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African Health Sciences
Makerere University Medical School
ISSN: 1680-6905
EISSN: 1680-6905
Vol. 16, No. 4, 2016, pp. 1101-1108
Bioline Code: hs16142
Full paper language: English
Document type: Research Article
Document available free of charge

African Health Sciences, Vol. 16, No. 4, 2016, pp. 1101-1108

 en Patient satisfaction with TB care clinical consultations in Kampala: a cross sectional study.
Ssengooba, Willy; Kirenga, Bruce; Muwonge, Catherine; Kyaligonza, Steven; Kasozi, Samuel; Mugabe, Frank; Boeree, Martin; Joloba, Moses; Okwera, Alphonse & PanACEA Consortium


Background: Patient satisfaction towards care during encounter with clinicians is key for better treatment outcomes. We assessed patient satisfaction with TB clinical care consultations in Kampala, Uganda.
Methods: This was a facility-based cross sectional study done between September 2012 and February 2013 using qualitative method of data collection. Participants consecutively completed a pre-tested structured satisfaction questionnaire. A criteria of the rating as good; >75% was considered acceptable, (50-75%) as more effort is needed and <50 as unacceptable and require immediate action was used to categorize data for analysis using Epi-info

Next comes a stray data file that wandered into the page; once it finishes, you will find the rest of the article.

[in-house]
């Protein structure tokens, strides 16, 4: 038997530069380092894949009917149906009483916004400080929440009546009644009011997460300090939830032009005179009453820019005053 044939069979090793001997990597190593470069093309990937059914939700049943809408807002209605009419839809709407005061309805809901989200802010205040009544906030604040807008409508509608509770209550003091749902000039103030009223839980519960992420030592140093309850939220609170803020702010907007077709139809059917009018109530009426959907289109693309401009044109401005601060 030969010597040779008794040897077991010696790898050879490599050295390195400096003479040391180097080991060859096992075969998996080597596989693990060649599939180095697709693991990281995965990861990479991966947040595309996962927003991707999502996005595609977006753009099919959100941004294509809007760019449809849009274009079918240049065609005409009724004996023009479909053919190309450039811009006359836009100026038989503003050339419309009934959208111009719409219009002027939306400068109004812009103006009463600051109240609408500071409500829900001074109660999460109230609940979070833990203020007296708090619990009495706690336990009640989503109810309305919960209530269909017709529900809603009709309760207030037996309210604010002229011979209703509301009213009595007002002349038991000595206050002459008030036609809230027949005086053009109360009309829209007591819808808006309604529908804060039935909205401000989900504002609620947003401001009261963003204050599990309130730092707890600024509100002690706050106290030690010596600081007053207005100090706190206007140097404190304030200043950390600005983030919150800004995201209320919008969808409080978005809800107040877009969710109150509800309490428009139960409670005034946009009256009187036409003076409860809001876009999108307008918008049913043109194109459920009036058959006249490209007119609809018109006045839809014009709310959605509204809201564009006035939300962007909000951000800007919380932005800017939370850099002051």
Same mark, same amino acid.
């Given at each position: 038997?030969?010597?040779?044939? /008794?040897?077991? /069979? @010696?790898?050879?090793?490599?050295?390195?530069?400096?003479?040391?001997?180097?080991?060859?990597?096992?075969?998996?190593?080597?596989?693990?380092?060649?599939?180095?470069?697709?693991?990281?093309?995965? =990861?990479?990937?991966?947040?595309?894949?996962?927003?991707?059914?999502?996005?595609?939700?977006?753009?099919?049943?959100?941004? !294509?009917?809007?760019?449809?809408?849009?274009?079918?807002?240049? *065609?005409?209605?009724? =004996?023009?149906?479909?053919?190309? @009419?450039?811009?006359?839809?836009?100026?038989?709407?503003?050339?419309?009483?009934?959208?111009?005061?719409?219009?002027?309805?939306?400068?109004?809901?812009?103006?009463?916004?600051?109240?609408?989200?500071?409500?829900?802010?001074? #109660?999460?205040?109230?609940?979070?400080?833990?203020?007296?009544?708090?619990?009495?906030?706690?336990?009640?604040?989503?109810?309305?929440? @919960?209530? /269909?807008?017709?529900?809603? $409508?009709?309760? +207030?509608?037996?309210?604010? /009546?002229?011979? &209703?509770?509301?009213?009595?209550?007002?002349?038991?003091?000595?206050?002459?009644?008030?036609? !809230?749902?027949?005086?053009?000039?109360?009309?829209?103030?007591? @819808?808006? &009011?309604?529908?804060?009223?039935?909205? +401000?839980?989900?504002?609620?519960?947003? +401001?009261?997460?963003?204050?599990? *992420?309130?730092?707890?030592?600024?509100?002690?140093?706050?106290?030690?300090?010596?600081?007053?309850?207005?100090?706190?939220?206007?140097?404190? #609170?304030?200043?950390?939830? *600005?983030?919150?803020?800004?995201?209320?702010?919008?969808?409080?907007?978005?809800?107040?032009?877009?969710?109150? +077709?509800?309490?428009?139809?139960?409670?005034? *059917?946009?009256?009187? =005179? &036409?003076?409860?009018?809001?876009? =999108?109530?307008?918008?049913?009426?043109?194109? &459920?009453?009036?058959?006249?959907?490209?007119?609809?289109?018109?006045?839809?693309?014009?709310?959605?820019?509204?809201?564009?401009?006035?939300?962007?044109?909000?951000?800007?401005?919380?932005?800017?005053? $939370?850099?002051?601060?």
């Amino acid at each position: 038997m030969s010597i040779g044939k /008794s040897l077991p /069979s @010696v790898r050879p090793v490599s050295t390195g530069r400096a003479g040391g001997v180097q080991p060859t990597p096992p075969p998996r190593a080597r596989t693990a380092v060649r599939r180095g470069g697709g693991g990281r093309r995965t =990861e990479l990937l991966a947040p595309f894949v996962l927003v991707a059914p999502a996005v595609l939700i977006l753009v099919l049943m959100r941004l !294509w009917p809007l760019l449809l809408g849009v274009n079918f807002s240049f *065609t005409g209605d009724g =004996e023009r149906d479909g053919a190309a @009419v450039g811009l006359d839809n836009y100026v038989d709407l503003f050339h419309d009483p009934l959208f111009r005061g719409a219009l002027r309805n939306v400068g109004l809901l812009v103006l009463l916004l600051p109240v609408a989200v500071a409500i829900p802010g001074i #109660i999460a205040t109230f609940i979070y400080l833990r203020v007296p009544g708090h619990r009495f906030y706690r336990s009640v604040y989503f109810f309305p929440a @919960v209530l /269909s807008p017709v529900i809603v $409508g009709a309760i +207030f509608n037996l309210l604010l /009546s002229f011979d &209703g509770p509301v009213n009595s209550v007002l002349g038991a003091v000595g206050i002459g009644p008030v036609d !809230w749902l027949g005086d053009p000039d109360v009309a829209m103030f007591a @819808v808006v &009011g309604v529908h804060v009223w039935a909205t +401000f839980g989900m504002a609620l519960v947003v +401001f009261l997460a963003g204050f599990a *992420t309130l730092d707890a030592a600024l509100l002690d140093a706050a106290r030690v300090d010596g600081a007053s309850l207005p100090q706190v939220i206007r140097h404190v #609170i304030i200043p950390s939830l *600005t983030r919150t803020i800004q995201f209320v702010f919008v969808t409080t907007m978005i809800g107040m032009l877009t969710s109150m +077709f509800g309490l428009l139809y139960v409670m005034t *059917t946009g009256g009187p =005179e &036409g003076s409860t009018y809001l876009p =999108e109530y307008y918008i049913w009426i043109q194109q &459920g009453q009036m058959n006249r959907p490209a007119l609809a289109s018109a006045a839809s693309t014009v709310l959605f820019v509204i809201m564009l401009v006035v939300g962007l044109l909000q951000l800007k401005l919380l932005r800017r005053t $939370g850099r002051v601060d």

Results: Of the 260 registered TB patients, 178(68.5%) completed the questionnaire. Overall, 162 (91.0%) were satisfied with the clinical consultation. Factors that contributed to high patient satisfaction, were: time spent with clinician (85.4%), explanation of what was done (87.6%), technical skills (91.6%), personal manner of the clinician seen (91.6%). Factors for low satisfaction were; waiting time before getting an appointment (61.8%), convenience of location of consultation office (53.4%), getting through to the office by phone (21.3%) and length of time waiting at the office (61.2%).
Conclusion: Tuberculosis patients in Kampala are satisfied with TB clinical care consultations. Addressing factors with low patient satisfaction may significantly impact on treatment outcome.

Patient satisfaction; TB care clinical consultations; cross sectional study

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